And then it says here in verse 27 that there were the Gentiles. The Gentiles! Those were the Romans who actually ended up crucifying Christ, and of course, the nation Israel who rejected Him. And why did they reject Him? Was it because of theological difficulties, because He claimed to be God, and they couldn’t handle it – their theology couldn’t? No, that isn’t the reason.
Pilate, who had his ear to the ground and was apparently a great student of human nature and picked up the scuttlebutt, is the one who gives us the answer. The Bible says that Pilate knew that it was because of envy that they delivered Him. Jesus made the religious leaders look bad, and because of that jealousy, and because the crowds were going with Christ, and people were turning away from the scribes and the Pharisees, and they saw His popularity, and they were so angry, they said, “Get Him out of our way.” And that was the motivation to have Him crucified.
Well, I have a question for you. Was it a gamble? Might it be that it won’t happen? What if Jesus came and they wouldn’t crucify Him and the prophecies of God could not be fulfilled? “After all,” said someone, “God is a gambler.” Well I want you to notice that it says in verse 28, “to do whatever your hand and your plan had predestined to take place.” Don’t be afraid of that word predestined. It simply means predetermined. There wasn’t a chance in the world that it would happen other than the way the script was written.
Well, you say, “Yeah, but – human responsibility, human free will.” And I hope you realize that I’m not going to speak on solving that dilemma today, or else we’d be here a little longer than you intended to stay when you came here. All that I can say is that in the Bible we need to live with the tension that on one hand we are not puppets, but we actually do have wills and we act voluntarily as Herod did. If you went up to Herod and said, “Herod, why are you delivering Christ over?” would he say, “Well, I feel the pressure of a divine decree?” No, he did it because he wanted to. He acted voluntarily, so we need to live with that, and then we also need to live with the fact that whatever God wills comes to pass, and we have to live with that tension and recognize that there are some mysteries here that we will never possibly solve.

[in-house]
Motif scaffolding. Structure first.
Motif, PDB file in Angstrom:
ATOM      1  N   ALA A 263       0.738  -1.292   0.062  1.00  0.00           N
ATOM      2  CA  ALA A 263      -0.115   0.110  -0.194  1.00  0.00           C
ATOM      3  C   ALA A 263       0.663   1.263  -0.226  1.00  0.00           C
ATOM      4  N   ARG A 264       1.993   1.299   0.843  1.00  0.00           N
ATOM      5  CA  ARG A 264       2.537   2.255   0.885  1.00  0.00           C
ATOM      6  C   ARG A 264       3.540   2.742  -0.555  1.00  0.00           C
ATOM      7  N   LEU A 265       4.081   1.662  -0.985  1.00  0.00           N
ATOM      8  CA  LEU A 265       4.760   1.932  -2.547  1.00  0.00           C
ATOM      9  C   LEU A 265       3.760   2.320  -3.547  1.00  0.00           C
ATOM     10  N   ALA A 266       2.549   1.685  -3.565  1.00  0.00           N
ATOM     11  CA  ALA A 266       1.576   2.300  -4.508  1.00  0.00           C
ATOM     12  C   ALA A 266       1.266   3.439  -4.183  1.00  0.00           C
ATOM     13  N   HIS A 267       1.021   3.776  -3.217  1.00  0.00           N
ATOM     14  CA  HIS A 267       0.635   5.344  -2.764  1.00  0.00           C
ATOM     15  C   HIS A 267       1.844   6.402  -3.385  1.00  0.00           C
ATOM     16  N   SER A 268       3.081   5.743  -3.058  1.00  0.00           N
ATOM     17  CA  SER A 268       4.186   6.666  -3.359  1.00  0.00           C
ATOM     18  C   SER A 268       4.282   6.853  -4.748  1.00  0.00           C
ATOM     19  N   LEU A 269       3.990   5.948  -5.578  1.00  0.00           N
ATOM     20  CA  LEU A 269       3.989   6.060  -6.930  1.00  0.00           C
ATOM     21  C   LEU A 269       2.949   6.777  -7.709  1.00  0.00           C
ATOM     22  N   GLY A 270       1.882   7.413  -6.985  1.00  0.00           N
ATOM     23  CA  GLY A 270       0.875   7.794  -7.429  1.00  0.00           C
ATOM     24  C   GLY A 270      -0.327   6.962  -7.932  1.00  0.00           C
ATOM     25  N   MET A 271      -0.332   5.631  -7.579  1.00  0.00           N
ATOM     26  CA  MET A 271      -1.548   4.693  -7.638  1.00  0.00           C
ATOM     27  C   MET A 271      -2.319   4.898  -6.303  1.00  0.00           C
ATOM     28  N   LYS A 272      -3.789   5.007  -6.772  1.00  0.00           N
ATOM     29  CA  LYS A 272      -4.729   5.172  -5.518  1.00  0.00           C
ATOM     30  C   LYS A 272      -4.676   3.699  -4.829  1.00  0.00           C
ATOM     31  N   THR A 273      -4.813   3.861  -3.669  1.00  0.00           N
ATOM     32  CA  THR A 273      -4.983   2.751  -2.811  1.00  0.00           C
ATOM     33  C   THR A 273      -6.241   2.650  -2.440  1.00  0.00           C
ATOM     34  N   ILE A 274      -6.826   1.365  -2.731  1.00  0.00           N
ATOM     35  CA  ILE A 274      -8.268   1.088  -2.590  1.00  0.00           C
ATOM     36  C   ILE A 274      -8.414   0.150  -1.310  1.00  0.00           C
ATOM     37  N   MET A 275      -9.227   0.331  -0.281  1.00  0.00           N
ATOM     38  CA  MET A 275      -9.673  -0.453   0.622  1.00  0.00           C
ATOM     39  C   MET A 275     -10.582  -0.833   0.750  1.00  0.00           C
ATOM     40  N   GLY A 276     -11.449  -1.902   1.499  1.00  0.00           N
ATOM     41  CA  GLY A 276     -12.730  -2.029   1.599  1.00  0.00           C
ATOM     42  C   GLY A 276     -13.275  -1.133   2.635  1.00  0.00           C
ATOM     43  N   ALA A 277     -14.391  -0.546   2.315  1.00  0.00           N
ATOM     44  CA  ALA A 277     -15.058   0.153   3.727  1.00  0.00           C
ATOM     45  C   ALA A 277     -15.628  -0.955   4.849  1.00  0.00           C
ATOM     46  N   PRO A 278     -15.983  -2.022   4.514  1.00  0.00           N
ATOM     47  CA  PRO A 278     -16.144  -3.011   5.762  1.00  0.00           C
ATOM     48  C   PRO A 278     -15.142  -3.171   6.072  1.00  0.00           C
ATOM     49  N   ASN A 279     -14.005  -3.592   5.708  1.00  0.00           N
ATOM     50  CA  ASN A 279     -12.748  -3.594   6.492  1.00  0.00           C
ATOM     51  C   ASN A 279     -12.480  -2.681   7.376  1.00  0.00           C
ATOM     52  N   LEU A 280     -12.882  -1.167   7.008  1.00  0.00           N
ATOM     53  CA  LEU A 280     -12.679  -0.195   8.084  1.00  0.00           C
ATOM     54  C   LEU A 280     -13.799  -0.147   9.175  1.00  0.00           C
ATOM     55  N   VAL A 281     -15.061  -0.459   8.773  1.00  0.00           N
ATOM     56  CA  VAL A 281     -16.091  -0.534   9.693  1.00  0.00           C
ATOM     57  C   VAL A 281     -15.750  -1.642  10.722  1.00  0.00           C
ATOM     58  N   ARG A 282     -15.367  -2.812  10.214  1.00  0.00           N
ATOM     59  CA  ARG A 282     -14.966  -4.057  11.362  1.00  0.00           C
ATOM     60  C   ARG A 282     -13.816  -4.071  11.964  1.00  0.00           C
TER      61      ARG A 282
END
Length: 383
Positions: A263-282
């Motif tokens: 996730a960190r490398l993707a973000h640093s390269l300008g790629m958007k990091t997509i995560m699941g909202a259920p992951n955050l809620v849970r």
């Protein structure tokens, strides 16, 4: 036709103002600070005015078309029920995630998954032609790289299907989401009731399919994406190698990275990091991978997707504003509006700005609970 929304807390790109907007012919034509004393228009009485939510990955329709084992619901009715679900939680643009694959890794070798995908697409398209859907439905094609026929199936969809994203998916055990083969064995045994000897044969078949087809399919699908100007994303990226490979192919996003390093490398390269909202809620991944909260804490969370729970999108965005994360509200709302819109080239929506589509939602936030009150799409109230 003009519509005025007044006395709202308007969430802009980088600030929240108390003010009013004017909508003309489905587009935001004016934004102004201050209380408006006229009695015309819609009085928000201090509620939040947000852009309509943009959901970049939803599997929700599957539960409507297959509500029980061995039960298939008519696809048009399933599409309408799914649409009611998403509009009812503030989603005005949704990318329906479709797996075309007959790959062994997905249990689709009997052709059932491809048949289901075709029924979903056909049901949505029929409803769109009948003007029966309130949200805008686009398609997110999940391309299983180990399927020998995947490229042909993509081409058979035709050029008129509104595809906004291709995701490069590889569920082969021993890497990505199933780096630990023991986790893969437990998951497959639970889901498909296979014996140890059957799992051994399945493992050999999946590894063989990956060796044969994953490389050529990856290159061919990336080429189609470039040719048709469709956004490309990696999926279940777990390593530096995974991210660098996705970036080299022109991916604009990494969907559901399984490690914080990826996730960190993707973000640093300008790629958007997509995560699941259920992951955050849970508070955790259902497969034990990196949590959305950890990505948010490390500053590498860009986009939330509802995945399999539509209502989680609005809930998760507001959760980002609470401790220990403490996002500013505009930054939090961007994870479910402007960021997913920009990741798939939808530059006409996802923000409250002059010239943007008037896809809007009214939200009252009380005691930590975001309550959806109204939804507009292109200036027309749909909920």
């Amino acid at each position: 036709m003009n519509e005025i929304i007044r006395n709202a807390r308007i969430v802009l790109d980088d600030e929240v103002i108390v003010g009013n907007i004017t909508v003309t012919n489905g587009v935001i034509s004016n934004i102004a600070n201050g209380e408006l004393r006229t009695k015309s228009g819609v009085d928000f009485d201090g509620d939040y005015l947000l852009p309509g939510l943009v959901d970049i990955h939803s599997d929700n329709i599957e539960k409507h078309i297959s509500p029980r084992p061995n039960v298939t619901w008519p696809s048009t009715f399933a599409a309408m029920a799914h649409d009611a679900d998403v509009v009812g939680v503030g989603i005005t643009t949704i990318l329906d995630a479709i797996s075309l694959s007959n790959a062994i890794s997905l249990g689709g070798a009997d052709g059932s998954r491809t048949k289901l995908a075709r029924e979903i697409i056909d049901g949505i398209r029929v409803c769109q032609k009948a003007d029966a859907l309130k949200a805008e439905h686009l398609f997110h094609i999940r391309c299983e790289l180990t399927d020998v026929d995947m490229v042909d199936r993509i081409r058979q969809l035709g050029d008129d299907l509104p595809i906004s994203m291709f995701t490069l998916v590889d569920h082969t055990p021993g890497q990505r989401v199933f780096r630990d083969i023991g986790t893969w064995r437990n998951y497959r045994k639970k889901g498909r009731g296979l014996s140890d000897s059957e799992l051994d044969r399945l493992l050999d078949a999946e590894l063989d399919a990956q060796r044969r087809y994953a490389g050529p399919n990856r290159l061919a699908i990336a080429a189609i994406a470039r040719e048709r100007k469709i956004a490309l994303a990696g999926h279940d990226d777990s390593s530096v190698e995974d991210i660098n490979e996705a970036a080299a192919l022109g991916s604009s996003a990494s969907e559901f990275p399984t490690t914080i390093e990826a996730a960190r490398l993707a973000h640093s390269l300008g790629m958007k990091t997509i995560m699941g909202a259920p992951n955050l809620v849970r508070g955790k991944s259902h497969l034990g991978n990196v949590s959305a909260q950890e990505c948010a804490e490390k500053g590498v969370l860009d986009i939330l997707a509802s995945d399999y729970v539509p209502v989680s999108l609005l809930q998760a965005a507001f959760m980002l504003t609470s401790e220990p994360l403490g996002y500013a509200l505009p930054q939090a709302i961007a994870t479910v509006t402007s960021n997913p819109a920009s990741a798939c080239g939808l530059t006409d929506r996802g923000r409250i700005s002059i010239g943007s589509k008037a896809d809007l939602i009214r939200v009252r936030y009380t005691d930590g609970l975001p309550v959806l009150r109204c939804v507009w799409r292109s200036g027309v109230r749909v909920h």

But here’s my point. When Jesus Christ died in history now, and the script of heaven became a reality, the Scripture says that God set Him forth to be a propitiation for our sins, to declare first of all the justice of God. That’s what the Apostle Paul said in Romans 3. God wanted to declare the fact that He was totally just, that He could not overlook sin, that if He wanted to redeem sinners, every single sin had to be accounted for and paid for – meticulously just and the cross of Christ proves that – to prove His justice and to prove His love because He would not have had to die at all. In other words, God could have been just by letting all of humanity go its way and be lost forever. There was no necessary reason to redeem us apart from love. And that’s why we say with such enthusiasm that God loved the world. And aren’t you glad He did?
And then His wisdom – His wisdom of how this dilemma could be solved, that on the one hand we are sinners and cannot be received by God, and on the other hand that He is so holy that indeed there can be no bridge, no fellowship. And the dilemma was solved by the coming of Christ when God came Himself onto the stage of history.
Remember the Roman poet Horace used to criticize Greek plays because whenever the plot got so tangled that they needed to untangle it, they would bring a god onto the stage. And Horace said, “Sometimes you are bringing a god onto the stage too quickly, before the plot is so tangled that it can’t be undone.” Well, I want you to know that this plot needed a god, and God came.
We’ve talked about the cross in the heart of God from the beginning of eternity. We’ve talked about the cross in history, and the players as the script was enacted. What about the future? Is that the end of the cross? No, we have to speak briefly about the cross now in heaven. Take your Bibles and turn to Revelation 5. In chapter 4 God is seen on the throne, but in chapter 5 there is a scroll that is written on. On both sides it is so full of information. It is the script. It is God’s script of history as to how it is all going to end, and no one can open this book. They can’t open the seals because it is hidden. Only the One who wrote the script knows its contents and can enact it and make sure that it is carried out.